FIG. 1 is a schematic view of a typical flash analog to digital converter comparator cell.
FIG. 2 is a graphic representation of the effective number of bits of a typical analog to digital converter as a function of frequency.
FIG. 3 is a block diagram of an analog to digital converter with second order error correction according to the present invention.
FIG. 4 is a graphic representation of an ideal versus actual response characteristic of an analog to digital converter at high frequencies.
Referring now to FIG. 3 a quantizer 10 is shown having an analog input signal with the conversion being controlled by a clock signal. The digital output code from the quantizer 10 is input to a digital delay line 12 that also is clocked by the clock signal. The delayed quantizer output code from the delay line 12 is input to a slope detector 14 to which also is input the digital output code from the quantizer 10. The slope detector 14 subtracts the current output code from the quantizer 10 from the delayed output code from the delay line 12 to approximate the input signal slew rate or slope. The output from the slope detector 14 is input to an error correction circuit, such as a lookup table 16, that provides a correction code as a function of the input signal slew rate. The quantizer output code and the correction code are input to an adder 18 to provide a corrected ADC output code. The adder 18 may include an appropriate delay 20 for the quantized input signal to match the delays through the slope detector 14 and the error correction circuit 16.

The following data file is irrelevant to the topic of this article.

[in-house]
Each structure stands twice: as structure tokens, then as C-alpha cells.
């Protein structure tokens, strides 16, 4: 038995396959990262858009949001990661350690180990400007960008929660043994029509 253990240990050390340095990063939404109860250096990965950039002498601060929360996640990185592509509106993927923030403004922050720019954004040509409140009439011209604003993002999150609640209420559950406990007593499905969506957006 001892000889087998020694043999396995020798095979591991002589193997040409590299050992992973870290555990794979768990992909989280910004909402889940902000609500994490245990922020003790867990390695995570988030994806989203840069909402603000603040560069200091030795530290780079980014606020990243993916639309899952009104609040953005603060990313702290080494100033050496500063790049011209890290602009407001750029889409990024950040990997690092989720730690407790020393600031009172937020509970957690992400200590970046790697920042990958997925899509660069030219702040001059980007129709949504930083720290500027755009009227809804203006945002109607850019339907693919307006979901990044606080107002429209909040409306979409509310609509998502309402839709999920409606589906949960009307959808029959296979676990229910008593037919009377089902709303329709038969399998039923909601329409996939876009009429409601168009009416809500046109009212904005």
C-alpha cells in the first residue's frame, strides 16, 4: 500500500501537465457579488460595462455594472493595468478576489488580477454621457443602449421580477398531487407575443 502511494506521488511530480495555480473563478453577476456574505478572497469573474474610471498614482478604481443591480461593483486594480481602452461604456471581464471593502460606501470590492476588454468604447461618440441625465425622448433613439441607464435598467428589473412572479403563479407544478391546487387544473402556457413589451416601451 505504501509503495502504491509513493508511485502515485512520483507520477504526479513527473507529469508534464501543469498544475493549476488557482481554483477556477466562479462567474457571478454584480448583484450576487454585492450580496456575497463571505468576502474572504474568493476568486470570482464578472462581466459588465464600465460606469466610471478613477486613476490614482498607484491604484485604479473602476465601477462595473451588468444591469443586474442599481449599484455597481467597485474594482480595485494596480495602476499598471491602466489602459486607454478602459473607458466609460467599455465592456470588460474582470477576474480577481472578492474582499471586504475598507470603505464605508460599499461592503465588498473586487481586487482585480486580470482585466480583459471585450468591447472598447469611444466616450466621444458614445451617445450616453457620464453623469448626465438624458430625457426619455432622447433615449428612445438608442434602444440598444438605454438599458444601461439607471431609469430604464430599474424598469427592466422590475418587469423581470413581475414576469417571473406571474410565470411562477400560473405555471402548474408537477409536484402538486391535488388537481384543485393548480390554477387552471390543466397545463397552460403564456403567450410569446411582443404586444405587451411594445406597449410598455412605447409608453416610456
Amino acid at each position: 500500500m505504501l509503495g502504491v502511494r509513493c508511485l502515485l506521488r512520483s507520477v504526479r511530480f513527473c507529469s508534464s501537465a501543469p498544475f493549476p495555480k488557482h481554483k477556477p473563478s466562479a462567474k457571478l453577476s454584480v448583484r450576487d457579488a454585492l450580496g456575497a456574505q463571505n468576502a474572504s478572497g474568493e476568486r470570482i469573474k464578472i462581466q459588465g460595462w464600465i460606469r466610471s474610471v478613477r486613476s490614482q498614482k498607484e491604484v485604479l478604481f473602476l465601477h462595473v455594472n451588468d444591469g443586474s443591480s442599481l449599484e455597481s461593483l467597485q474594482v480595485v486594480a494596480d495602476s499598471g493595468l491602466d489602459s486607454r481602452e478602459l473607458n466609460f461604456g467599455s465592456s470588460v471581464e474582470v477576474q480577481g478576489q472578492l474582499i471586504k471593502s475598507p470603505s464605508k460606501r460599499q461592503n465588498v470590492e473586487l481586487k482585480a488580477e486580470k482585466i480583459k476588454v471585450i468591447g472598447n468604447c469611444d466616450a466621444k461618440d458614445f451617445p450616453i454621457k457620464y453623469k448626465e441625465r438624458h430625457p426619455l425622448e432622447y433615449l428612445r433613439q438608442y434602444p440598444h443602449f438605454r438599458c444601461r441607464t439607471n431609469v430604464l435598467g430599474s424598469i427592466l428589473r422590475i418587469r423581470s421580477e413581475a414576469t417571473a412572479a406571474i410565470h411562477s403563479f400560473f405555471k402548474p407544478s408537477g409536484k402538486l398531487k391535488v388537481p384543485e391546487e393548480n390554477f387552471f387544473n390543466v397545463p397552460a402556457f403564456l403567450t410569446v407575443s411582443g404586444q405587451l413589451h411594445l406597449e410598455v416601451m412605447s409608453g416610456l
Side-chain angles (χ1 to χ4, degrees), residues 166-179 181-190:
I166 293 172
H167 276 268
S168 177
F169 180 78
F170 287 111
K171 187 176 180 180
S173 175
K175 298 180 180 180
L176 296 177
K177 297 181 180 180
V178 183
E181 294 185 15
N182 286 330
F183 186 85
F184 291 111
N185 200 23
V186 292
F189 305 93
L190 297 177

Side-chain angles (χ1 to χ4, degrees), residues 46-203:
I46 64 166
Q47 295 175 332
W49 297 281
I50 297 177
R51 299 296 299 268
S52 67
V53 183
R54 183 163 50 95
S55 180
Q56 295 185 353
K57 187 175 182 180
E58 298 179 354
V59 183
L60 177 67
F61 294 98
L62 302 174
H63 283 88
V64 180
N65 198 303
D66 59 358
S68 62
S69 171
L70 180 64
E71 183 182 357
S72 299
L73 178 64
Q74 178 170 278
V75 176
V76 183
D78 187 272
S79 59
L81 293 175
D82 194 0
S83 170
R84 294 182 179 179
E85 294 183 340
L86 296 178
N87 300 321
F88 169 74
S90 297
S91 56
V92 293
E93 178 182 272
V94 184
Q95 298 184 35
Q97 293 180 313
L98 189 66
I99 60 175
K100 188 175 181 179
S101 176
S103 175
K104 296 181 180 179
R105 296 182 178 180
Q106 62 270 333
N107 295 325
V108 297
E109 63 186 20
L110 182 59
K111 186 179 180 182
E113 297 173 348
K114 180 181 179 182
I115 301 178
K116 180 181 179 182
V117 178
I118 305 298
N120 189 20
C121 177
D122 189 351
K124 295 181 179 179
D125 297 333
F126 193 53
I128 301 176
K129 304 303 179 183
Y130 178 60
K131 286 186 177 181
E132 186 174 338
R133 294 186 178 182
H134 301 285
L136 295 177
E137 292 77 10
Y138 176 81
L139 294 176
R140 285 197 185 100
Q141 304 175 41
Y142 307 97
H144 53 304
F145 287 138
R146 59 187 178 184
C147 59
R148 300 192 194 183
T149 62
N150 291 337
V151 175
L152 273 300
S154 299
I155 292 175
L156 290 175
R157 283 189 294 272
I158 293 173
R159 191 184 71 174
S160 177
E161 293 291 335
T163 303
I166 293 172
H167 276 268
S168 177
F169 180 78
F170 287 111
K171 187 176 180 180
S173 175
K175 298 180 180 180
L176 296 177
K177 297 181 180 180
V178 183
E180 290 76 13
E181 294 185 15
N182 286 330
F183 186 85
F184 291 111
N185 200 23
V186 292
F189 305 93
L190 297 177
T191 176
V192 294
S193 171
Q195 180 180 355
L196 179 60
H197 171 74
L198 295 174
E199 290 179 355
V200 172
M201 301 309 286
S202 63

The digital delay line 12 may be in the form of a latch that provides the value presented at its input on the next cycle of the clock signal to provide a one sample delay of the quantizer output code. The slope detector 14 may be in the form of a digital subtraction circuit to obtain the difference between the quantizer output code and the delayed quantizer output code. The lookup table values may be determined by analyzing the response of the ADC to a known high frequency signal having a frequency that is asynchronous with the clock signal. The output of the adder 18 is analyzed by a fast Fourier transform processor to generate values for the lookup table 16 using an iterative process until the output of the adder is an accurate digital representation of the input high frequency signal. Ideally a pure triangular waveform is desired for the known input signal to provide a constant slope over the range of the ADC, but such waveforms are difficult and expensive to achieve. A more practical solution is to use a pure sinusoidal waveform, even though the slope becomes very gradual near the peaks.